Posts Tagged ‘Home Improvement’
» posted on Thursday, October 14th, 2010 at 10:59 am by Woody Wilson viewed 421 times
Eco-Cool Remodel Tool
An energy-efficient home is not only good for the environment. It’s also good for your wallet, because it saves you money in energy bills.
Patti Southard, with King County’s Green Tools Program, says there are all sorts of small remodeling projects you can do for under $1,000 that will cut your energy use.
“If you’re not going to be replacing your hot water tank, you can buy wraps that will help make that more energy efficient. You could beef up the insulation in your roof. And you can typically do that for under $1,000. You can use rigid foam board to do that. There’s a lot of eco-friendly batting material now so that you’re not dealing with fiberglass anymore. So you can get a recycled cotton bat, you can get a recycled wool bat and again the rigid foam board will all help beef up the insulation in your roof. And that’s another really good place to start.”
King County has just launched a new website called Eco-Cool Remodel Tool that will show you a lot of things you can do in your house and in your yard, one space at a time.
“It’s an interactive tool and you just click on a room and there’s tips,” says Southard. “So if you don’t want to spend a lot of time on that page you can just look at the tips for each room, such as kitchen, bath and bedroom. If you want more information you click “more information” and it gives you a comprehensive list of things that you can do to improve each room in your house and at the bottom of each page there is a set of resources where you can buy materials, find your tax incentives and look at what kind of rebates are available.”
Patti Southard says you can also use the Eco-Cool Remodel Tool site to e-mail her your conservation questions – and she promises to answer them.
You might want to get a home energy audit, so you can identify the simple things you can do to cut your homes energy use.
Most utilities in the area offer this service at a discount price. You can get one done for around $95 when the normal price is about $250.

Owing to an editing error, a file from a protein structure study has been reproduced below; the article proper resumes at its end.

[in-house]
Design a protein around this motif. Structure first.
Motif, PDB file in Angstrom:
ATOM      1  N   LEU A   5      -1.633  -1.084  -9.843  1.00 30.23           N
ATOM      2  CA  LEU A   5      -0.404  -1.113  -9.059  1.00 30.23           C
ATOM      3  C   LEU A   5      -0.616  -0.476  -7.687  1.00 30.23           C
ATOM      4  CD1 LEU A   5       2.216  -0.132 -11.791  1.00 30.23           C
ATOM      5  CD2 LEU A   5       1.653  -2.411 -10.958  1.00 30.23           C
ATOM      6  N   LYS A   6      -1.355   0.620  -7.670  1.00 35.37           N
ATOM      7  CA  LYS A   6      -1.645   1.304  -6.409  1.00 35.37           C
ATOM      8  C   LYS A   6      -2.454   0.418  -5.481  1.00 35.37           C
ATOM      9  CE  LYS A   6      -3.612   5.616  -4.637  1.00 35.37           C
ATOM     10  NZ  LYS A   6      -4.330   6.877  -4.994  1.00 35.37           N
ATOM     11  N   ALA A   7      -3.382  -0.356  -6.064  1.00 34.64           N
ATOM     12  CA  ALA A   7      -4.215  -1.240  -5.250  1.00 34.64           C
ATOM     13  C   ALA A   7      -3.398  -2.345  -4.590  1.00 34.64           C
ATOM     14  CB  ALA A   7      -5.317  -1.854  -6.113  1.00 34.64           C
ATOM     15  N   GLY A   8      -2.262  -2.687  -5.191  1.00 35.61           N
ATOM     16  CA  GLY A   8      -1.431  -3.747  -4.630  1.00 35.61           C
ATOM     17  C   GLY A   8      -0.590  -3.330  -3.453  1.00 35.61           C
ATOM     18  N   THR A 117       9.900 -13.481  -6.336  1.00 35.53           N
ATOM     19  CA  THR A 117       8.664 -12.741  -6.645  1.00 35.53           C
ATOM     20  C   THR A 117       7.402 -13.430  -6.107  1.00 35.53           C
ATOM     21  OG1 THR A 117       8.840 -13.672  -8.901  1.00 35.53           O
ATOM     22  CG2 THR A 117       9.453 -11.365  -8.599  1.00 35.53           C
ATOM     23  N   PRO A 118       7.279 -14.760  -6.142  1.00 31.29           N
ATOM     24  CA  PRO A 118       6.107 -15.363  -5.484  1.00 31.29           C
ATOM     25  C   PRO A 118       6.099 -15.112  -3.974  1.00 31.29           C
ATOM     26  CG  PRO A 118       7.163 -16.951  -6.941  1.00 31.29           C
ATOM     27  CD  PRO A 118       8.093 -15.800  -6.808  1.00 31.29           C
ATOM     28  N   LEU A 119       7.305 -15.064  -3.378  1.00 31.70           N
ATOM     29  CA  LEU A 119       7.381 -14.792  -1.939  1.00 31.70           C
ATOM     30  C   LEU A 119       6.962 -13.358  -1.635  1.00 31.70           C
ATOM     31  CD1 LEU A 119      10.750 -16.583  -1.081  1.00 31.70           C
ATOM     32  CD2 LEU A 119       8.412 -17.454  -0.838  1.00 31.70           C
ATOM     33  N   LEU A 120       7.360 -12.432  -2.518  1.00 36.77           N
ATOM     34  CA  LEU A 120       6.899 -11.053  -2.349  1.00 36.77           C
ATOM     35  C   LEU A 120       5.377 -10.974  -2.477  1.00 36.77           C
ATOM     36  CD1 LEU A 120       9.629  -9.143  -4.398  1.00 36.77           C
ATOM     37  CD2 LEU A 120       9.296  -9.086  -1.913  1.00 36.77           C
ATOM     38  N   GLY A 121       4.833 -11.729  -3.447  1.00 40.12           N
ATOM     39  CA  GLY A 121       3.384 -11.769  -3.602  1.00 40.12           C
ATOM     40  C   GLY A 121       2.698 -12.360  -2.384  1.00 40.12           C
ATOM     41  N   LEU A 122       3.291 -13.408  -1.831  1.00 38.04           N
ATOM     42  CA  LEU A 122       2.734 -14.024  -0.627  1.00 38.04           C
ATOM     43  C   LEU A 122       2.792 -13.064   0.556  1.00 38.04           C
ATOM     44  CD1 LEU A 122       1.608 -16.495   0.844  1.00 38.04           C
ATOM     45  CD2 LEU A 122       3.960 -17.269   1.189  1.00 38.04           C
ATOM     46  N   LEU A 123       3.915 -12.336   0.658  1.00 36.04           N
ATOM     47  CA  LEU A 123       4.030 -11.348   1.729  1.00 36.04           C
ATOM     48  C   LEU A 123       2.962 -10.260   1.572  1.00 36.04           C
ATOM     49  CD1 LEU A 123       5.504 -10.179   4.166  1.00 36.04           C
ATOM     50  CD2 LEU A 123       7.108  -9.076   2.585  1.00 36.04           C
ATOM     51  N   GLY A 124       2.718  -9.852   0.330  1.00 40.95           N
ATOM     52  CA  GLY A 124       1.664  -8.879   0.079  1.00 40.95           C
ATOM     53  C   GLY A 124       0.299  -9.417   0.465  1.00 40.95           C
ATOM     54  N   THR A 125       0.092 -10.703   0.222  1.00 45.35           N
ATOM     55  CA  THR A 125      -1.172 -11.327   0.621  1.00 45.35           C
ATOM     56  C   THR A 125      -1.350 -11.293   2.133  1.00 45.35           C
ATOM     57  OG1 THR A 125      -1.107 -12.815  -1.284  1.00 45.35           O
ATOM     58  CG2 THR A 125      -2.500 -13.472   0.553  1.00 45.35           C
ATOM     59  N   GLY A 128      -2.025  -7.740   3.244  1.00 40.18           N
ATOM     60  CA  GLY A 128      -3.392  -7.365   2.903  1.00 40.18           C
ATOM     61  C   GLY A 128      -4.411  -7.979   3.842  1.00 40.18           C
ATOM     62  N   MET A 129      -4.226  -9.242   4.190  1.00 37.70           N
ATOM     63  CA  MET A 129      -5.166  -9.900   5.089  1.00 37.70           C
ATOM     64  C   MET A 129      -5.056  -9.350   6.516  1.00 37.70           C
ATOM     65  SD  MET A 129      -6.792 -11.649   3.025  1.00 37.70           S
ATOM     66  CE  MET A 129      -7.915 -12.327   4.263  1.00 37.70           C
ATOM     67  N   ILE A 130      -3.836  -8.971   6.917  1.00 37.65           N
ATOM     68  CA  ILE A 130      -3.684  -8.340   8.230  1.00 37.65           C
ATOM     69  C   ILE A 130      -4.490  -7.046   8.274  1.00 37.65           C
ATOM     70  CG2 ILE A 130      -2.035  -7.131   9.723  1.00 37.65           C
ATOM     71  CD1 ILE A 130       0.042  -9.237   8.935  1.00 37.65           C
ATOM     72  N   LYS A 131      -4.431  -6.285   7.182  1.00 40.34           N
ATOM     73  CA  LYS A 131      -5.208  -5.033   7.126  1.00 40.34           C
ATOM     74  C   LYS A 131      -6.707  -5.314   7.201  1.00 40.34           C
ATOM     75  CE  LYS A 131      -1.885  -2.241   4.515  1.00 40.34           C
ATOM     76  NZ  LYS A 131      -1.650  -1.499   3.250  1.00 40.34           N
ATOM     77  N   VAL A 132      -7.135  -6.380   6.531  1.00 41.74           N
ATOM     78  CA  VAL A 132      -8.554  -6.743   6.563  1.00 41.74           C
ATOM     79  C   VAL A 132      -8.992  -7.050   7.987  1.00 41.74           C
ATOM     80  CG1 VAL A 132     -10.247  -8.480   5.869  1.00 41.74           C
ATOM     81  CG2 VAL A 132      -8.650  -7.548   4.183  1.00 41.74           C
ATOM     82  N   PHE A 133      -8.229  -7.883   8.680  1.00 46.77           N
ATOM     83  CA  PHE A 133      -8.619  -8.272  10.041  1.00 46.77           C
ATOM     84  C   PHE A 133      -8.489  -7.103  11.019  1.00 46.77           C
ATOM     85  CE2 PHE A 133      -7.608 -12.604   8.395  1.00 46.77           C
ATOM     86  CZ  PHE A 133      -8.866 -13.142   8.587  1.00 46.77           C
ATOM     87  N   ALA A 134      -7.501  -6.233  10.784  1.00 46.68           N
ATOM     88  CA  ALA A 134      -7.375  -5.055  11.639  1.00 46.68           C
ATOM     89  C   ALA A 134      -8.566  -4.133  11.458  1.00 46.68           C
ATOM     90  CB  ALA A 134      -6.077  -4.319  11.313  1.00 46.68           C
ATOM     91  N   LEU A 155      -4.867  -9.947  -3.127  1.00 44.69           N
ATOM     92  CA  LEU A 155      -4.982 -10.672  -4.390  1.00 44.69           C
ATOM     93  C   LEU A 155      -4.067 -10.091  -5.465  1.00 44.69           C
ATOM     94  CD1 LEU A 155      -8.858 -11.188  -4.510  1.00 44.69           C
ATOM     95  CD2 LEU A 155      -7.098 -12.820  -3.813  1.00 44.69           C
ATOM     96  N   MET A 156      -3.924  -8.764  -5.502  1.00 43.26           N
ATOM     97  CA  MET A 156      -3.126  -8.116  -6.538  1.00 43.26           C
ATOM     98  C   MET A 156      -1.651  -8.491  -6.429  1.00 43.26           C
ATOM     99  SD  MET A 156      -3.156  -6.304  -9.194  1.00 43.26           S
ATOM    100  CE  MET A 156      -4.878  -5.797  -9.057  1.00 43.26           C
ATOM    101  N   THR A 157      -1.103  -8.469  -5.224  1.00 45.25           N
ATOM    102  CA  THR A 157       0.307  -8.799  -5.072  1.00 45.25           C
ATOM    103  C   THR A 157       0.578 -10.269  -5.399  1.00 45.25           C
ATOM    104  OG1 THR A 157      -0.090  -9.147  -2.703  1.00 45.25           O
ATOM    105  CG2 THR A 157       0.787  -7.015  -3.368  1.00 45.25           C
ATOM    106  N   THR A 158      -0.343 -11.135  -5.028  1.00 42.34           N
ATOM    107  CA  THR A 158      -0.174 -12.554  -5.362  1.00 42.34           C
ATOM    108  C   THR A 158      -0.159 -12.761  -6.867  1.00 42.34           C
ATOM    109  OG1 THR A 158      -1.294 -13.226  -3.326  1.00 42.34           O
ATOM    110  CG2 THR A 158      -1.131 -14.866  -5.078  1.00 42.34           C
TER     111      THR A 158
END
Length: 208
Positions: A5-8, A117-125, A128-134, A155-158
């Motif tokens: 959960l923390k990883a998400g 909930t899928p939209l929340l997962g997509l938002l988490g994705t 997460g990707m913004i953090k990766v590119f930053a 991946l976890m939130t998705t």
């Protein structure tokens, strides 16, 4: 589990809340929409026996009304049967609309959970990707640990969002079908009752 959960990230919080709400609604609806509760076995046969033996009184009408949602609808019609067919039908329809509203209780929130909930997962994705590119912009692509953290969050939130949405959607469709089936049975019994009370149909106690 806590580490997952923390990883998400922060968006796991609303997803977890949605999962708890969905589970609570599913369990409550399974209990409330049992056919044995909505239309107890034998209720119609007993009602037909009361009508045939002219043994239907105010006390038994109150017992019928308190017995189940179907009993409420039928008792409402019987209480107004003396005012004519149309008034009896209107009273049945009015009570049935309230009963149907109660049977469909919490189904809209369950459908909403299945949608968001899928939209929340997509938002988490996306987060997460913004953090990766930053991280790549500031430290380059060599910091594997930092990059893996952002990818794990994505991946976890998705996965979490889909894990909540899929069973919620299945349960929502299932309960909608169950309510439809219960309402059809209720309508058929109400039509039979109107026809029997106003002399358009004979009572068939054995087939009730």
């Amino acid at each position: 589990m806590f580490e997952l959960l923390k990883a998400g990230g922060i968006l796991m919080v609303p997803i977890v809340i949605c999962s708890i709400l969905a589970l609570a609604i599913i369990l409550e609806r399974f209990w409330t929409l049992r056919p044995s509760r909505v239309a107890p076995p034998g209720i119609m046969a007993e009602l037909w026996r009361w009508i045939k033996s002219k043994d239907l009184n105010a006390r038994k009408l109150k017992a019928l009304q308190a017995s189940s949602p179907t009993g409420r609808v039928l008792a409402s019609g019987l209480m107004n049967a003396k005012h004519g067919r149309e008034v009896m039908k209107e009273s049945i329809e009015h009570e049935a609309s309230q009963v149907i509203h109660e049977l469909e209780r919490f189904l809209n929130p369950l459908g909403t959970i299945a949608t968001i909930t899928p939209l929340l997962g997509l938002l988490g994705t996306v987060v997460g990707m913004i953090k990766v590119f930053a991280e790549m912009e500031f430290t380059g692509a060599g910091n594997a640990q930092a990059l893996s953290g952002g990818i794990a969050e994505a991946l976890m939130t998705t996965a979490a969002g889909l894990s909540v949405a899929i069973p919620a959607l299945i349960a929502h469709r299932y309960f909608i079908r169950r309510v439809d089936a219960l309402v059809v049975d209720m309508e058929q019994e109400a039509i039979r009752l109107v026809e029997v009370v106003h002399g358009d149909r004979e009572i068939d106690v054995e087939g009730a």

If you’re heading to the home show, there’s a great place you can learn about all this – head to the Built Green booth. You can talk to experts who know all about energy-efficient remodeling and how to find a good contractor in the area.
» posted on Thursday, June 24th, 2010 at 5:41 pm by Woody Wilson viewed 139 times
Published: Wednesday, June 23, 2010, 7:43 PM
Want to save money?
The Alliance to Save Energy is a Washington, D.C.-based, nonpartisan agency created in 1977 in response to the OPEC oil embargo. Its mission is just as vital today, thanks to the economy and such catastrophic events as the Gulf of Mexico oil spill, said Kweller.
“I hope that a certain amount of good [increased awareness of energy efficiency] can come out of the bad,” she said.
There are two approaches to conservation, said Kweller.
The first involves making sure your home is “tight” during the upcoming dog days . . . meaning cool air stays inside and hot air remains outside. That happens only when windows and doors are efficient and the home has adequate insulation, said Kweller. Some 46 million homes in the United States are underinsulated, according to simplyinsulate.com.
Ensuring a home’s “tightness” can add up to several hundred dollars a year in savings, based on current ASE estimates of homeowners paying an average of $2,135 per year on home-energy costs, said Kweller.
(When your home becomes more airtight, remember to have working carbon monoxide detectors and smoke detectors as a precaution.)
The second method, Kweller said, is to look at purchases and practices that will cut down on energy usage, including switching incandescent light bulbs for the superefficient compact fluorescent bulbs and getting rid of old energy-wasting appliances.
Most energy-efficient purchases — such as new windows, doors, appliances and insulation, at least through the end of the year — are eligible for a federal income tax credit, added Kweller. The tax credits can save consumers 30 percent of the cost of the upgrade, up to $1,500, she said. That’s a credit, not a deduction, meaning you get $1,500 off your taxes.
Becoming energy-wise is “really worthwhile,” said Kweller.
Here are the top tips for a superefficient summer:
Increasing efficiency• Clean or replace air-conditioning filters monthly.
• Keep the coils in the outdoor and indoor air-conditioning machinery clean.